SLO and Santa Barbara county wages fall below national and state averages

July 11, 2022

By KAREN VELIE

While boasting some of the lowest unemployment rates in the nation, both San Luis Obispo and Santa Barbara counties have average wages that fall well below the state and national averages.

Average weekly wages in the Central Coast are lower than in California overall and the United States. Industry wages in California, at $1,576 per week on average, were higher than the national weekly average of $1,251.

With an average weekly income of $1,071, workers in San Luis Obispo County make 67% of what the average California worker is paid. In Santa Barbara County, workers receive an average salary of $1,143 a week, or 72% of what the average Californian makes.

The differences can be partially attributed to the types of jobs available and wages in each county. Wages also vary between industries within counties.

“The differences between California and the Central Coast are at least partially attributable to the information sector’s greater share of employment and higher wages in the state overall, both industry and occupational,” according to the report. “This is especially visible in San Mateo, Santa Clara, and San Francisco counties, where average weekly information sector wages were $9,878, $7,694, and $5,740, respectively, and accounted for 8% to 13.7% percent of employment in all three counties.

“By comparison Santa Barbara County had the highest average information wage and share of total employment in the region at $2,035 and 1.9%.”

Both San Luis Obispo and Santa Barbara counties have thriving hospitality industries, which pay an average of approximately $715 a week.


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Ricky2

Not new info, really (have known for decades our wages lag — the employer-imposed privilege of living in “paradise” they used to have the nerve to say). Nice to have figures.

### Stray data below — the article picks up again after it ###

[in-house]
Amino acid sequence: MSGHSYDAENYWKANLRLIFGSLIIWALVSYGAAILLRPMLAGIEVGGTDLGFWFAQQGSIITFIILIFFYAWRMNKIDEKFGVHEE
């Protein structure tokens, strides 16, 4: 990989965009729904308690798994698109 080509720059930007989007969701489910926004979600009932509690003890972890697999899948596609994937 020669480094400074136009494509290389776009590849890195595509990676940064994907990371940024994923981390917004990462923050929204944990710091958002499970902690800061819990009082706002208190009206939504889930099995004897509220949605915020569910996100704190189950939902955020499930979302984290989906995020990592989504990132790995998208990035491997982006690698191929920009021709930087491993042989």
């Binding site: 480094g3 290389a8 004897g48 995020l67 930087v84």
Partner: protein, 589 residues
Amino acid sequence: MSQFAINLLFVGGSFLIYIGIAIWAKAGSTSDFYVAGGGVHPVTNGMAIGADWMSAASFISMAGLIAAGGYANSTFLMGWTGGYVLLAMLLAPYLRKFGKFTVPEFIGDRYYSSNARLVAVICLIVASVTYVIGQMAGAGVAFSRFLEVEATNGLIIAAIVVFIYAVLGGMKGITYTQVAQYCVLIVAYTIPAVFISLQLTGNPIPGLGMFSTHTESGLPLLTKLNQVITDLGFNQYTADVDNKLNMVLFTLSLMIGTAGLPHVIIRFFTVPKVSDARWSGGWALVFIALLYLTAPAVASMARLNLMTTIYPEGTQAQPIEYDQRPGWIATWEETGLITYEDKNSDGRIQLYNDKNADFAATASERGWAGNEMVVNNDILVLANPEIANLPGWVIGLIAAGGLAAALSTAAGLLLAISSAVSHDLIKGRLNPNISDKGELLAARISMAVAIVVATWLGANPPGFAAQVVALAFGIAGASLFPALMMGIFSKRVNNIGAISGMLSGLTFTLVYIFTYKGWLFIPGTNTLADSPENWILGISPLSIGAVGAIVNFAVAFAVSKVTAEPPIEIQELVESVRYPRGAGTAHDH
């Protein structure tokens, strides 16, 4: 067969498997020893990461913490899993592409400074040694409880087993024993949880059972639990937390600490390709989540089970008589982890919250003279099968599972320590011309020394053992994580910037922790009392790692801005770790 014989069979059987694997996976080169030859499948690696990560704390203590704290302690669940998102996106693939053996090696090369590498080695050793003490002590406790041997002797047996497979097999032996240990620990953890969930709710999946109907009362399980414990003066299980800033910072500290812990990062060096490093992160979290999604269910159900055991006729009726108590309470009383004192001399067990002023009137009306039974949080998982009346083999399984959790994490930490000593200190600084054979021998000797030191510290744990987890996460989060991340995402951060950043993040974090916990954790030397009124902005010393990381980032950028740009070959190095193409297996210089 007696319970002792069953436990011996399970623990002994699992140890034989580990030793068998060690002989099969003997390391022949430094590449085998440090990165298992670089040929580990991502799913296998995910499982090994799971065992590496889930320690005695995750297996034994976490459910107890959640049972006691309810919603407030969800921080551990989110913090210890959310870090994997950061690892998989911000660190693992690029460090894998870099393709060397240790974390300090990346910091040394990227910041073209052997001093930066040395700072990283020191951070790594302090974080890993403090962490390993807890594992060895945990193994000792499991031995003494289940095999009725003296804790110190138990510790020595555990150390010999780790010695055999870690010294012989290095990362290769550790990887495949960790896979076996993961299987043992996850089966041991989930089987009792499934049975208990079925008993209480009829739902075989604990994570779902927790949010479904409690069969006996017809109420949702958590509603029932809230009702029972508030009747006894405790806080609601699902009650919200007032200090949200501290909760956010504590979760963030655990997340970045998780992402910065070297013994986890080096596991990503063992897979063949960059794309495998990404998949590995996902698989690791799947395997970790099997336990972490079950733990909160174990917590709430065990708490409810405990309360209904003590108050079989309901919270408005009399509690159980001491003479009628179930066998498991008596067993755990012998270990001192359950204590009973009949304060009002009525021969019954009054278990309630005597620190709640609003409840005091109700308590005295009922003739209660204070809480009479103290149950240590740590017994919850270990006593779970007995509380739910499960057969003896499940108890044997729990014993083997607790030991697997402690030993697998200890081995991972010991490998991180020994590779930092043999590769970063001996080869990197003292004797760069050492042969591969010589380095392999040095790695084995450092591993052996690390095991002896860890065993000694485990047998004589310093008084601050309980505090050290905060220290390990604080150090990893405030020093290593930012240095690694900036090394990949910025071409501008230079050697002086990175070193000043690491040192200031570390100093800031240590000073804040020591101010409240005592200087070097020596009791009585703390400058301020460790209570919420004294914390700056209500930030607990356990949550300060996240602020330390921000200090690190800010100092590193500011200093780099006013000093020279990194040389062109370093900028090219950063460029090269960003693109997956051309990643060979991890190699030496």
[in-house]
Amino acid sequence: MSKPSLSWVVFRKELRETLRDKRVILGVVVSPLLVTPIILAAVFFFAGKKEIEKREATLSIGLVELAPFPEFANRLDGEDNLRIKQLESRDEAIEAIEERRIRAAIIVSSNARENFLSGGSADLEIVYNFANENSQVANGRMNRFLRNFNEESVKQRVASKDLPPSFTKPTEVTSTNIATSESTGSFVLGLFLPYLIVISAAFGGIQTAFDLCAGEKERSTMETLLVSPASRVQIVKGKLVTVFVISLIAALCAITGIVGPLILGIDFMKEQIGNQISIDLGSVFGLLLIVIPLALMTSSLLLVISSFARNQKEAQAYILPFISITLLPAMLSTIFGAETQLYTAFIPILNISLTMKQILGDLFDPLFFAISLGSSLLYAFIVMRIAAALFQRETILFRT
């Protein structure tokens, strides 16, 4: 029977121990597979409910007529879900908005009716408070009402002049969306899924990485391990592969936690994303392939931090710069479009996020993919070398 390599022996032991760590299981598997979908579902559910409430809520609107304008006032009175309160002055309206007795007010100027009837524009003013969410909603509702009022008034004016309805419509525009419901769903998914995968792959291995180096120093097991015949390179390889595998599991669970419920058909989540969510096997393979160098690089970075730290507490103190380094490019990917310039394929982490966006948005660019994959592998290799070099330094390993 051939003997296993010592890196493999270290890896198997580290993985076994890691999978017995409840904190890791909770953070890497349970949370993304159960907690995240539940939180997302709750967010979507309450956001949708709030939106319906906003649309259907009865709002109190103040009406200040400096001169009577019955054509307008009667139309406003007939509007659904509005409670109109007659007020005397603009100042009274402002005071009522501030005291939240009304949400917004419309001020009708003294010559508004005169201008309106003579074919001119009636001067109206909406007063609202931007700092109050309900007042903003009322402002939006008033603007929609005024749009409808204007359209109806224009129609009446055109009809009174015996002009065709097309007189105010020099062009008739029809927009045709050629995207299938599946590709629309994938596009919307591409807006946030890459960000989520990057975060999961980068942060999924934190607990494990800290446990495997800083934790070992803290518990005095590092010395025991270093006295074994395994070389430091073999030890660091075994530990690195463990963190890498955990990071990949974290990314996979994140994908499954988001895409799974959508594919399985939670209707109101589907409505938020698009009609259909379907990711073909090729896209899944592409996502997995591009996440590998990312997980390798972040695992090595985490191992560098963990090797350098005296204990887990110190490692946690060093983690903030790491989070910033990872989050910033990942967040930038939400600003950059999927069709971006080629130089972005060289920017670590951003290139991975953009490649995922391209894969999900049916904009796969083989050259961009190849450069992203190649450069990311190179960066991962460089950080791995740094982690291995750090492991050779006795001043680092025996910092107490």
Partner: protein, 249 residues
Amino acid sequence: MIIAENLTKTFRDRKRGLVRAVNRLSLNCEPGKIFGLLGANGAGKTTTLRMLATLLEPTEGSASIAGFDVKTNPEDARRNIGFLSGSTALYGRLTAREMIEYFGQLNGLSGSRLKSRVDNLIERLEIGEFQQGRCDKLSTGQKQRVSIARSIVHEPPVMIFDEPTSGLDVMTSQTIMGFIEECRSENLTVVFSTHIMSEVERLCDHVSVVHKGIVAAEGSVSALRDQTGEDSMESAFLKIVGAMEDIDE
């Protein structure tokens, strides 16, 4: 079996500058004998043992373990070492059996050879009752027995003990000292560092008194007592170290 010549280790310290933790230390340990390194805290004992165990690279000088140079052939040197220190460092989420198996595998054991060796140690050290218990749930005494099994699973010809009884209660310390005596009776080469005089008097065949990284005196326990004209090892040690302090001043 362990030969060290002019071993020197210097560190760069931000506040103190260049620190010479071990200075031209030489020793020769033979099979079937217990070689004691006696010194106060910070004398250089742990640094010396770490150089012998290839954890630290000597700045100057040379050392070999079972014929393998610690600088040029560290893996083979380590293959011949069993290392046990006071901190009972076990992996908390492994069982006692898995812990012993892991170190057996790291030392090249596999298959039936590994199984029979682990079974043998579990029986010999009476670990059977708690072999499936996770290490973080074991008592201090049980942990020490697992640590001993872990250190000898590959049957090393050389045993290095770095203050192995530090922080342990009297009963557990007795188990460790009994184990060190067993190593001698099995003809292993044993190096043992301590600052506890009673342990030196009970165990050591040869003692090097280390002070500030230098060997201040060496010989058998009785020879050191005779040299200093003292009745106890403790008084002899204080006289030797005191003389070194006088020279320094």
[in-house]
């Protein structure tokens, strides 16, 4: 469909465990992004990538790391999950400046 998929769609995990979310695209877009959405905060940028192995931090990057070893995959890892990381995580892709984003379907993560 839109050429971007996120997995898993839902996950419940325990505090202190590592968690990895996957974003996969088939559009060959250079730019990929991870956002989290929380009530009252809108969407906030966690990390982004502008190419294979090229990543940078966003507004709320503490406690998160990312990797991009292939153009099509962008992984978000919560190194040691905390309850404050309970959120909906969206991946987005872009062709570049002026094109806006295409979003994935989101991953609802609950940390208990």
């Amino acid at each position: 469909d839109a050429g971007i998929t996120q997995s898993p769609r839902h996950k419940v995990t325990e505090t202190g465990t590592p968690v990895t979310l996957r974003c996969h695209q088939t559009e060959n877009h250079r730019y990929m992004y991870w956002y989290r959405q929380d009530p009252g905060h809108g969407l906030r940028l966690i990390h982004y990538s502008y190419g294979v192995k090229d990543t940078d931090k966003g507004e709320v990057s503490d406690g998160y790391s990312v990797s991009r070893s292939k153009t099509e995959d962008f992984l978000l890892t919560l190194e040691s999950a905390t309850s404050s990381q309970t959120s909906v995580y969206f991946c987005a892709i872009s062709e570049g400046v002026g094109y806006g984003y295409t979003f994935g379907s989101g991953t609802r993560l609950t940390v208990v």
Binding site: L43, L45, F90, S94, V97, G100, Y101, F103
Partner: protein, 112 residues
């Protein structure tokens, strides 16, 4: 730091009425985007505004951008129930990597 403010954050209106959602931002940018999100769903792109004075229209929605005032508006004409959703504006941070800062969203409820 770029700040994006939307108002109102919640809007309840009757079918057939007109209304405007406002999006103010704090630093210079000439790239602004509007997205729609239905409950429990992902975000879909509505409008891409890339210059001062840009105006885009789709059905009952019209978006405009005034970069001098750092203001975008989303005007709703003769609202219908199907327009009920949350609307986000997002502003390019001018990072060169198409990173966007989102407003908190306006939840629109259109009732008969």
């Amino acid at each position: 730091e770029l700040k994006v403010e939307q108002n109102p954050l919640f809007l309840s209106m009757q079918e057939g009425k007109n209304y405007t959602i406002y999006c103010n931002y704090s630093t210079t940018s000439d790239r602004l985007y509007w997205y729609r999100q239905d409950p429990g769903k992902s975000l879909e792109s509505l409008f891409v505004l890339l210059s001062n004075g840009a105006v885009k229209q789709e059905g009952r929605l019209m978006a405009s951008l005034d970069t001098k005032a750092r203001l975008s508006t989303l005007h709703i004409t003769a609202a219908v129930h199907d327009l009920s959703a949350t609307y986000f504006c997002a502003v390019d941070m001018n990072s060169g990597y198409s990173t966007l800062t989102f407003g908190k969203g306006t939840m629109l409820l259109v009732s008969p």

The relationship between wages and “housing affordability” is important. Our housing costs are high, our wages low. Employers could do a lot to close that gap.


slo_full_of_slow_learners

Finally, some evidence to backup what I’ve been saying for 2 years.


It’s harder to rent and make a living in SLO county than it was in Missouri for me. At least gas and rent prices reflected the meager pay. Not here…


I plan on moving out of the area and to southern california come Fall. Sad because my family has been here for over 100 years but it’s not sustainable for a carpenter anymore.


Jorge Estrada

Build something to live in, the homeless do it along the freeway. Did anyone in your family talk about investing? There is only one reason to leave the area, no one planned to stay and it only took 100 years, the indigenous people lasted much longer.


AndyinAG

Very disconcerting. With how expensive “living the SLO life” is in general (assuming you’re not the homeless guy parked outside of the Marigold center watching people drive by for the last 2 years with your “borrowed” shopping cart) – What are the rest of us to do?


With some of the highest (if not the highest) gas prices in the nation) – Some of the highest rents in the nation and high grocery expenses- How exactly are regular working class folk supposed to exist on the Central Coast? Especially if the wages aren’t even at the state average? The math just doesn’t add up.


I had the misconception that wages were above the State average in SLO County, but if this data is correct, that isn’t the case, and this is alarming..


Unless something “gives” – rent, cost of groceries, gas, etc. regular blue collar people will not be around- and the service industries and agriculture won’t be around either.


indabarrel

Unless you are on the dole…. College Professors, The prison, city gov. Us in small business have not been able to get more out the cheap retired folk in Slo county in 10yrs. The new folks in town are just as cheap. They love all the progressive BS hindering small business until they want an ADU their backyard.


Adam Trask

Small, rural county with very little industry. Not surprising. But guessing Adam Hill, Heidi Harmon and Bruce Gibson will be blamed.